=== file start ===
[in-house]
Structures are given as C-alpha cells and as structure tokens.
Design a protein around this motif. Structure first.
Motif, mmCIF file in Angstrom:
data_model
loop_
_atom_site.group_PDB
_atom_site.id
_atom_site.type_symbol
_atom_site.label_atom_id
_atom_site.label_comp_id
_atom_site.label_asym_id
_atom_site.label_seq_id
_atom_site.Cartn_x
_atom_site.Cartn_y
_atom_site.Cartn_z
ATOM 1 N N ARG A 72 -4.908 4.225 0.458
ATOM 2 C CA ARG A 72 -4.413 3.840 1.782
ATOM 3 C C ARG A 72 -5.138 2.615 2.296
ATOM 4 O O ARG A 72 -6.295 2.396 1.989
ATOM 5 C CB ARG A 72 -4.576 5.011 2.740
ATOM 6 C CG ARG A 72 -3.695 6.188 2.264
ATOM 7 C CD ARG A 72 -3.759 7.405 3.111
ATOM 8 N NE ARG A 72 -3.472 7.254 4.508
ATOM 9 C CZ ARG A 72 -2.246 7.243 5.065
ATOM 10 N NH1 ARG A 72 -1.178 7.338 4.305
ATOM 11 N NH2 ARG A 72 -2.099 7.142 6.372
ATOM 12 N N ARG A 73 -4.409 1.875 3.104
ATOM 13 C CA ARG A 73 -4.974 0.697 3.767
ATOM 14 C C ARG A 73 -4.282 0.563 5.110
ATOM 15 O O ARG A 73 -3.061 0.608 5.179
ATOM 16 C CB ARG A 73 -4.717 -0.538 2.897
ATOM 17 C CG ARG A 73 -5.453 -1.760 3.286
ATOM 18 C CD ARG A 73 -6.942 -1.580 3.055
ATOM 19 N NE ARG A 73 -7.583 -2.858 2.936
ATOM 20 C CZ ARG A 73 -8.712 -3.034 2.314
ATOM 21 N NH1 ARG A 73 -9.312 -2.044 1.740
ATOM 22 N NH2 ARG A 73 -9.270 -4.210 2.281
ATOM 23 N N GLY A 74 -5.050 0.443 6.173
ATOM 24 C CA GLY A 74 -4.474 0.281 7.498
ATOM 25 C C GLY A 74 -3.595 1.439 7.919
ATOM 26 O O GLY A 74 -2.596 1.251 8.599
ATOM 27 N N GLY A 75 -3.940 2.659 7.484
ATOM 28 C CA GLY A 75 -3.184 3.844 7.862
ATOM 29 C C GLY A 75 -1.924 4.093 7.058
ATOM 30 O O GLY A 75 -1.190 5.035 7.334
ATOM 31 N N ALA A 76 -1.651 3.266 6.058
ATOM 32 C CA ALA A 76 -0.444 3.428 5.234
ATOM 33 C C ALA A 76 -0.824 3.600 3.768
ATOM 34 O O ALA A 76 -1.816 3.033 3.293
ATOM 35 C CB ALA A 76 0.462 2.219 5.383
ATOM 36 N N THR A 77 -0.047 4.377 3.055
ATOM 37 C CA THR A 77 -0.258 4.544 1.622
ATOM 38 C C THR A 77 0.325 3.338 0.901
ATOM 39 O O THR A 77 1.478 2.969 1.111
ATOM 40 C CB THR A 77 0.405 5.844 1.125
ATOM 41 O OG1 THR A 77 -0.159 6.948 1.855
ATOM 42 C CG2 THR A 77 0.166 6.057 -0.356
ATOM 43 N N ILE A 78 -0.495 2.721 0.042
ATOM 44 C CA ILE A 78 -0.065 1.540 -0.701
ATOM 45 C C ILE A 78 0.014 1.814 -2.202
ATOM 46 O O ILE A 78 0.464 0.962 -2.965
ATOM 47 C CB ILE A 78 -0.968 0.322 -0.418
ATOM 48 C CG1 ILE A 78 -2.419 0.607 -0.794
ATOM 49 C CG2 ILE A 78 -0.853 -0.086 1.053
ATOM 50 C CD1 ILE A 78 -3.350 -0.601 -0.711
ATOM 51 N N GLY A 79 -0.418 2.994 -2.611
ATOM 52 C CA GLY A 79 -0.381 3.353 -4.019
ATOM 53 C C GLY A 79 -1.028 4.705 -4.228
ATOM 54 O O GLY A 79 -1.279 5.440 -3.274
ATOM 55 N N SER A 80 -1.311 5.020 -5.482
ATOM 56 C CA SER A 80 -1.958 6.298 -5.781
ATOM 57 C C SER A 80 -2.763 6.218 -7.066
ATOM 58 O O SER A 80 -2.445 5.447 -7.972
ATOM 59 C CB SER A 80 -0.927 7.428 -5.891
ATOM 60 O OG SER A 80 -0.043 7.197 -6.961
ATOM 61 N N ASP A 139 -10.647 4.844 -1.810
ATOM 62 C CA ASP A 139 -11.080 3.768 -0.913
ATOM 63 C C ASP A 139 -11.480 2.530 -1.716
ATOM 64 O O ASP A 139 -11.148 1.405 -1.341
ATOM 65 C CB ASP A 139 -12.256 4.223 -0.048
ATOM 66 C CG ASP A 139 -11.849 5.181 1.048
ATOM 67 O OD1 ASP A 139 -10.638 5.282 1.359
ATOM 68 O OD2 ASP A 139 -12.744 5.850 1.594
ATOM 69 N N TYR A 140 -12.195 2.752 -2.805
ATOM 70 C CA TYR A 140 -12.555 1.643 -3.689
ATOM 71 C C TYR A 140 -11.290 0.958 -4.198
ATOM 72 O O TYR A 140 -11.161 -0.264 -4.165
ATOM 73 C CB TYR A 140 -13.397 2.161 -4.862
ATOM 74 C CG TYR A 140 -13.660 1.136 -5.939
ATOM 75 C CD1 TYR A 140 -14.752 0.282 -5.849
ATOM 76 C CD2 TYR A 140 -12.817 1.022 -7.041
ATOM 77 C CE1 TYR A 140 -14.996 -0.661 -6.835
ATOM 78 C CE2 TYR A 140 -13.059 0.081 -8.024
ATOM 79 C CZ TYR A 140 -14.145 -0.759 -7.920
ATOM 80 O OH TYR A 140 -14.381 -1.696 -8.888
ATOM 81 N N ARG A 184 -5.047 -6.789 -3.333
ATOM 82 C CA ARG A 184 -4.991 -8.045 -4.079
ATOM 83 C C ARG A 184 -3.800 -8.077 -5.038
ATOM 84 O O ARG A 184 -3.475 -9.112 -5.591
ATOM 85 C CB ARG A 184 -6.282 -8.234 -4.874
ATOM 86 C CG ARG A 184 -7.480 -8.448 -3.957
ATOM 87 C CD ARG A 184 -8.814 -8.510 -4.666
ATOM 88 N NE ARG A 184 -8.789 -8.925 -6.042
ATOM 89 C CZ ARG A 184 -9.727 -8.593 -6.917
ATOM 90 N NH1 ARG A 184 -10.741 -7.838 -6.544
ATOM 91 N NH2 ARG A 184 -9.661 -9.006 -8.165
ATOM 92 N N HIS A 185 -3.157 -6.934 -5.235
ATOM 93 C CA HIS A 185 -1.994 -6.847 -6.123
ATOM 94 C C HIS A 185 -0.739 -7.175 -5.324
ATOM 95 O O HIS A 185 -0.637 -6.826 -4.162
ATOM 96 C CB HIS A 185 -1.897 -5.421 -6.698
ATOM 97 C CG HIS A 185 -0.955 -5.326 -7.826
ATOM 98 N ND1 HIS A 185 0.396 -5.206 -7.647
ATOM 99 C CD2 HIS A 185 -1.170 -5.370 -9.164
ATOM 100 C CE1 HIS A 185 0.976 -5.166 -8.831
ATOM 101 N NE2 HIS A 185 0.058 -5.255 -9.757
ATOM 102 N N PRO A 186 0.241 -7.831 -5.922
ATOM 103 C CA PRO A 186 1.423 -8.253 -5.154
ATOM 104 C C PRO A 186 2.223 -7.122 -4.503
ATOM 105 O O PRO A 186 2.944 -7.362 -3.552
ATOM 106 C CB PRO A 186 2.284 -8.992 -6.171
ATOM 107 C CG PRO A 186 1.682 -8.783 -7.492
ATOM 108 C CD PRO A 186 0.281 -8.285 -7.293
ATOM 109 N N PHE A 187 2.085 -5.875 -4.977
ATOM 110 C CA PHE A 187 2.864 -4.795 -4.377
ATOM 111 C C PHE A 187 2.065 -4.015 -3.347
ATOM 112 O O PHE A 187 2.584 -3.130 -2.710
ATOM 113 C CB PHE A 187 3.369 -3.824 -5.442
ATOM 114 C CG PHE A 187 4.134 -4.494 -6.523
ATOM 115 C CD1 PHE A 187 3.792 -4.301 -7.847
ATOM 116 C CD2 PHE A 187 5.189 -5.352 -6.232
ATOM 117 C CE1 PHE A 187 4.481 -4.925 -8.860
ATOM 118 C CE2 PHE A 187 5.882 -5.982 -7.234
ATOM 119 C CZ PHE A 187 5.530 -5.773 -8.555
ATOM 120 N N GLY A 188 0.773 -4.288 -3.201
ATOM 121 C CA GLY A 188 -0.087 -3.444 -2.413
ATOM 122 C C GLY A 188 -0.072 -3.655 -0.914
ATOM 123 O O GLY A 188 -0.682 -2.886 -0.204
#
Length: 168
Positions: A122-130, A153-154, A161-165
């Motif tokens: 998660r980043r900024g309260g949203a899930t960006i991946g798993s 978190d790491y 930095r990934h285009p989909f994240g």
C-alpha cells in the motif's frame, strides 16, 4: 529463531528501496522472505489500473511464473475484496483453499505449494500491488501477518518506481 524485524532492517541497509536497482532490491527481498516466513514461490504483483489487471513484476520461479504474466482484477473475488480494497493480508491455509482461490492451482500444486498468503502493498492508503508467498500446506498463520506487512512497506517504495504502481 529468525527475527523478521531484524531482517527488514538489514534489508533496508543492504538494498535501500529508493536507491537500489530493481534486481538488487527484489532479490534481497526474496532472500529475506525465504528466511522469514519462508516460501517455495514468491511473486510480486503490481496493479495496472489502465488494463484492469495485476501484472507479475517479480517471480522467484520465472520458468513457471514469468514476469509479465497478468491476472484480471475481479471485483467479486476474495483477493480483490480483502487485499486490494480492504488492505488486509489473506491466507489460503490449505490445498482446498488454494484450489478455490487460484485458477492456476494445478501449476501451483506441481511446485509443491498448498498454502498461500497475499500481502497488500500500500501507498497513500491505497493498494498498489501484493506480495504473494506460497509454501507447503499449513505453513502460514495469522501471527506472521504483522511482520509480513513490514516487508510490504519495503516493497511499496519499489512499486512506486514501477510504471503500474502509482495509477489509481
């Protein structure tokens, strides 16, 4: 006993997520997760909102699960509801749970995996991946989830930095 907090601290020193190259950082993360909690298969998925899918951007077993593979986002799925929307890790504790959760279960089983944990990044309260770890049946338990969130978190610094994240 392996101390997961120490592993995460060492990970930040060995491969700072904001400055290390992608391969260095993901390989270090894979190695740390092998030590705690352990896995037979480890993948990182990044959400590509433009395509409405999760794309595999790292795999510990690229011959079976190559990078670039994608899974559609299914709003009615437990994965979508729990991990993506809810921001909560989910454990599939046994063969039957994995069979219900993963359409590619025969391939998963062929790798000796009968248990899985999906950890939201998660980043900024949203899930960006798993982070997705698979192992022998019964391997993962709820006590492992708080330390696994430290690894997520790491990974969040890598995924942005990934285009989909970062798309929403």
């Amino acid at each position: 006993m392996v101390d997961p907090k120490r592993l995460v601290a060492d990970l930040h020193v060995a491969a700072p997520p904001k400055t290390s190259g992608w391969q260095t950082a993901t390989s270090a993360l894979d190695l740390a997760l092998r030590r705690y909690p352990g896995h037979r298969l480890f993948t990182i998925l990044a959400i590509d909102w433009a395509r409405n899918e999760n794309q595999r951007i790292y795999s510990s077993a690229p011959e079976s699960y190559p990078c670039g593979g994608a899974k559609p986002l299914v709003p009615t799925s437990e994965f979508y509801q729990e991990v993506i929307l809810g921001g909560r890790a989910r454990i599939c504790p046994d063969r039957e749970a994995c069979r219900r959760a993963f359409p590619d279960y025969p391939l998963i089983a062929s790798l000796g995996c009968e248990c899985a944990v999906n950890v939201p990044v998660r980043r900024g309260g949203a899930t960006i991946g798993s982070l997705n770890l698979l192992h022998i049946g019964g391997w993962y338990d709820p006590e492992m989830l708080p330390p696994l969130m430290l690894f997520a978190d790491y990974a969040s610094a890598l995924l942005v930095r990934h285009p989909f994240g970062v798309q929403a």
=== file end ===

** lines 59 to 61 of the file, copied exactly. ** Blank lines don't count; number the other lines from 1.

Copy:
ATOM 43 N N ILE A 78 -0.495 2.721 0.042
ATOM 44 C CA ILE A 78 -0.065 1.540 -0.701
ATOM 45 C C ILE A 78 0.014 1.814 -2.202